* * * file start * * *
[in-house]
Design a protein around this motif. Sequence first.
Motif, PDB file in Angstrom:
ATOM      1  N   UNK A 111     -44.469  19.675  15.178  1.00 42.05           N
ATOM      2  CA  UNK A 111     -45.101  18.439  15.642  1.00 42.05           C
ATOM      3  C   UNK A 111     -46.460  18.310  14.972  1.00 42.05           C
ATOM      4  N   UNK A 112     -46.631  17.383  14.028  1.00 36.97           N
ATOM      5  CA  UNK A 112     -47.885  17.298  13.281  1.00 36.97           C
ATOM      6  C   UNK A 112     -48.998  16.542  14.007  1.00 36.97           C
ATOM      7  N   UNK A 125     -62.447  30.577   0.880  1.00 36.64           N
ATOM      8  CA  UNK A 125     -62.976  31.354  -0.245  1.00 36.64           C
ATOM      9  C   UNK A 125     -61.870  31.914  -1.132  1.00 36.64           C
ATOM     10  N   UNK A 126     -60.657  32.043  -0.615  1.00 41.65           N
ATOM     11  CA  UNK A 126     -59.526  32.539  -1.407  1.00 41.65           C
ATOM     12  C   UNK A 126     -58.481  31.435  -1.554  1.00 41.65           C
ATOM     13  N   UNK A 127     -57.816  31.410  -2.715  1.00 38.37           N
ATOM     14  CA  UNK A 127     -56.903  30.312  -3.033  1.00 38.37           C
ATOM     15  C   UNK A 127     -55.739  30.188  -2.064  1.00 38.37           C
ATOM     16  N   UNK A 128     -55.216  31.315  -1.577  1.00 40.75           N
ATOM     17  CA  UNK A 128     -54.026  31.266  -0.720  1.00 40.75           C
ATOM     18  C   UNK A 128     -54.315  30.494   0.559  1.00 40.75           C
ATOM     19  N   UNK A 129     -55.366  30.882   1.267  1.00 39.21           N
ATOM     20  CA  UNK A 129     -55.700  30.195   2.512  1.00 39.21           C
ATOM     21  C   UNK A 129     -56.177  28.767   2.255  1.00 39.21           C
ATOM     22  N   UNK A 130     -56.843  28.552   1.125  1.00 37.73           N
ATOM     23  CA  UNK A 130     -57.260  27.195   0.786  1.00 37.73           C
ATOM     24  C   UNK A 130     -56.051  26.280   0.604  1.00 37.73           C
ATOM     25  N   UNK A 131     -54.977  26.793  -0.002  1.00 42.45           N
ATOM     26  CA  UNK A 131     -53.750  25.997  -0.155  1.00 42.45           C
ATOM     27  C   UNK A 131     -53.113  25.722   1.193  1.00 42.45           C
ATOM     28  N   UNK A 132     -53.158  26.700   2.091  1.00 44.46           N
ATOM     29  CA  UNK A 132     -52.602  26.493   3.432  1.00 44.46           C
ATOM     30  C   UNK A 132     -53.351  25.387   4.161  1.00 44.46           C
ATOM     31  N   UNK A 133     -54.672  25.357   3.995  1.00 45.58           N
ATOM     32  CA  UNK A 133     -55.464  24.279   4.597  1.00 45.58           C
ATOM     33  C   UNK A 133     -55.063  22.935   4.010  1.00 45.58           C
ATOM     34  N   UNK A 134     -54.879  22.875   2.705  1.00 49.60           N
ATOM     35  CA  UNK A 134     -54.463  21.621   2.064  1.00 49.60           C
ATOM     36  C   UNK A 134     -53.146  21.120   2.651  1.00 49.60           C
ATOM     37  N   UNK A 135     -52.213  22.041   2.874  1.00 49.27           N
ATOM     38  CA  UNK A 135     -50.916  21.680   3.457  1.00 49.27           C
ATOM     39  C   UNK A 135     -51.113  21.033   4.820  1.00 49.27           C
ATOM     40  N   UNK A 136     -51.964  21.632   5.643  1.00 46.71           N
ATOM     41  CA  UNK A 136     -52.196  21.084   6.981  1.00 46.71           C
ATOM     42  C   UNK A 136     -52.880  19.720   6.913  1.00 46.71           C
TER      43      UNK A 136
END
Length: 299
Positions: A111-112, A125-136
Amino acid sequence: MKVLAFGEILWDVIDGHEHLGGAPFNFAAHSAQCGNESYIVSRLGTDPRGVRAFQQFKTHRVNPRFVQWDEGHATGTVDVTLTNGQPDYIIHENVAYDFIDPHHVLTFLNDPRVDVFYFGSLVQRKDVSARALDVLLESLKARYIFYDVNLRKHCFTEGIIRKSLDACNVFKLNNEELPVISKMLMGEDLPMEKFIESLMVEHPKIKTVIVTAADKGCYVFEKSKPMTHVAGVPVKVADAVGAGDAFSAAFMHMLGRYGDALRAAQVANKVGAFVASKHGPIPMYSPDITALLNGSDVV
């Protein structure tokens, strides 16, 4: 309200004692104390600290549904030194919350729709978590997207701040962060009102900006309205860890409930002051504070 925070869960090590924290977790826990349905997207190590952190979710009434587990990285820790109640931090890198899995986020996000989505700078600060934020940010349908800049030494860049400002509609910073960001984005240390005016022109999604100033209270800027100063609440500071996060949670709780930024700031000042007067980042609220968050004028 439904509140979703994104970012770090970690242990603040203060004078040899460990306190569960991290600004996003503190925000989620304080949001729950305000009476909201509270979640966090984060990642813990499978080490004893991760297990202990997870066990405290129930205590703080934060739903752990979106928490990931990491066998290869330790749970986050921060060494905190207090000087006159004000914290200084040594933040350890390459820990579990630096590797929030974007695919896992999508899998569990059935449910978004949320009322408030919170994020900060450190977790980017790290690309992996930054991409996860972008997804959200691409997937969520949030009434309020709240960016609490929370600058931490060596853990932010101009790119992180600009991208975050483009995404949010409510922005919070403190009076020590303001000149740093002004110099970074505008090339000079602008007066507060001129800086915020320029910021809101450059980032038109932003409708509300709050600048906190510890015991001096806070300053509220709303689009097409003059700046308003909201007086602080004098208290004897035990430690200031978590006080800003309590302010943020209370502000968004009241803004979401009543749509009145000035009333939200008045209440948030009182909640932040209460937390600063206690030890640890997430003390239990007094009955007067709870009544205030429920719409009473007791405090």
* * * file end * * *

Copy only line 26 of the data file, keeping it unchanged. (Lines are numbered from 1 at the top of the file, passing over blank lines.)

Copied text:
ATOM     23  CA  UNK A 130     -57.260  27.195   0.786  1.00 37.73           C